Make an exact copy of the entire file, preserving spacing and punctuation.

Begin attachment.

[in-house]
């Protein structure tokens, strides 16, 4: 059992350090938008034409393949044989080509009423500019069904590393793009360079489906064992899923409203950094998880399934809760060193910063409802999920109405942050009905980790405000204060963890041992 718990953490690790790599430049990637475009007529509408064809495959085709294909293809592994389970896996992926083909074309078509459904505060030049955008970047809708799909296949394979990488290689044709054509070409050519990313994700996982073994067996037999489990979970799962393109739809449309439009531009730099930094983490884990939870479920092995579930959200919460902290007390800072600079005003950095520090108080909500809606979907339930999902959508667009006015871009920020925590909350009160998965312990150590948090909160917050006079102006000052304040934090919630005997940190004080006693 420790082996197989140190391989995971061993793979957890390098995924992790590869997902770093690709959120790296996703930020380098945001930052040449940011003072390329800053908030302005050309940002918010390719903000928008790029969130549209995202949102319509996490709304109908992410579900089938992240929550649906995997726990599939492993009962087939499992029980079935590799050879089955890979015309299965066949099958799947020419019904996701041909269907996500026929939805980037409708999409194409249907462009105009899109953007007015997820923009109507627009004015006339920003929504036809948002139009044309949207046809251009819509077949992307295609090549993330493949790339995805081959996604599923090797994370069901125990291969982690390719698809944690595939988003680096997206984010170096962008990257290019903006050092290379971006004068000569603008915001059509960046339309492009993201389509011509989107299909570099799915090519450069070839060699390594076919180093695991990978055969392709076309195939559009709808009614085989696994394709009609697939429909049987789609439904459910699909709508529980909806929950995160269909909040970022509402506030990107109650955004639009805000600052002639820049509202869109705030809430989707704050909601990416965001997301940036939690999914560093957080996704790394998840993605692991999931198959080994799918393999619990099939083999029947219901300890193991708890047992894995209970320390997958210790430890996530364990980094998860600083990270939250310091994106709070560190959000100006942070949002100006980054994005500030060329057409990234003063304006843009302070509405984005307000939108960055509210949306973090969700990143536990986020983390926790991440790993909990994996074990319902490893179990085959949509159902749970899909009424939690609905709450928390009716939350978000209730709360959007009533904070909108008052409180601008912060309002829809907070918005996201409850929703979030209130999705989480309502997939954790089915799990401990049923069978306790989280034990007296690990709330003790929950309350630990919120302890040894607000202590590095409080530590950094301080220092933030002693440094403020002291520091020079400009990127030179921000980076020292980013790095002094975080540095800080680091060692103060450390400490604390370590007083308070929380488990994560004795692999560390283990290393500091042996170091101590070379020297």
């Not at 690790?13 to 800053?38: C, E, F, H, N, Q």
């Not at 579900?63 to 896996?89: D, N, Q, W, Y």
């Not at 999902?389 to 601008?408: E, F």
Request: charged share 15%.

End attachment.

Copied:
[in-house]
């Protein structure tokens, strides 16, 4: 059992350090938008034409393949044989080509009423500019069904590393793009360079489906064992899923409203950094998880399934809760060193910063409802999920109405942050009905980790405000204060963890041992 718990953490690790790599430049990637475009007529509408064809495959085709294909293809592994389970896996992926083909074309078509459904505060030049955008970047809708799909296949394979990488290689044709054509070409050519990313994700996982073994067996037999489990979970799962393109739809449309439009531009730099930094983490884990939870479920092995579930959200919460902290007390800072600079005003950095520090108080909500809606979907339930999902959508667009006015871009920020925590909350009160998965312990150590948090909160917050006079102006000052304040934090919630005997940190004080006693 420790082996197989140190391989995971061993793979957890390098995924992790590869997902770093690709959120790296996703930020380098945001930052040449940011003072390329800053908030302005050309940002918010390719903000928008790029969130549209995202949102319509996490709304109908992410579900089938992240929550649906995997726990599939492993009962087939499992029980079935590799050879089955890979015309299965066949099958799947020419019904996701041909269907996500026929939805980037409708999409194409249907462009105009899109953007007015997820923009109507627009004015006339920003929504036809948002139009044309949207046809251009819509077949992307295609090549993330493949790339995805081959996604599923090797994370069901125990291969982690390719698809944690595939988003680096997206984010170096962008990257290019903006050092290379971006004068000569603008915001059509960046339309492009993201389509011509989107299909570099799915090519450069070839060699390594076919180093695991990978055969392709076309195939559009709808009614085989696994394709009609697939429909049987789609439904459910699909709508529980909806929950995160269909909040970022509402506030990107109650955004639009805000600052002639820049509202869109705030809430989707704050909601990416965001997301940036939690999914560093957080996704790394998840993605692991999931198959080994799918393999619990099939083999029947219901300890193991708890047992894995209970320390997958210790430890996530364990980094998860600083990270939250310091994106709070560190959000100006942070949002100006980054994005500030060329057409990234003063304006843009302070509405984005307000939108960055509210949306973090969700990143536990986020983390926790991440790993909990994996074990319902490893179990085959949509159902749970899909009424939690609905709450928390009716939350978000209730709360959007009533904070909108008052409180601008912060309002829809907070918005996201409850929703979030209130999705989480309502997939954790089915799990401990049923069978306790989280034990007296690990709330003790929950309350630990919120302890040894607000202590590095409080530590950094301080220092933030002693440094403020002291520091020079400009990127030179921000980076020292980013790095002094975080540095800080680091060692103060450390400490604390370590007083308070929380488990994560004795692999560390283990290393500091042996170091101590070379020297």
């Not at 690790?13 to 800053?38: C, E, F, H, N, Q």
């Not at 579900?63 to 896996?89: D, N, Q, W, Y």
């Not at 999902?389 to 601008?408: E, F």
Request: charged share 15%.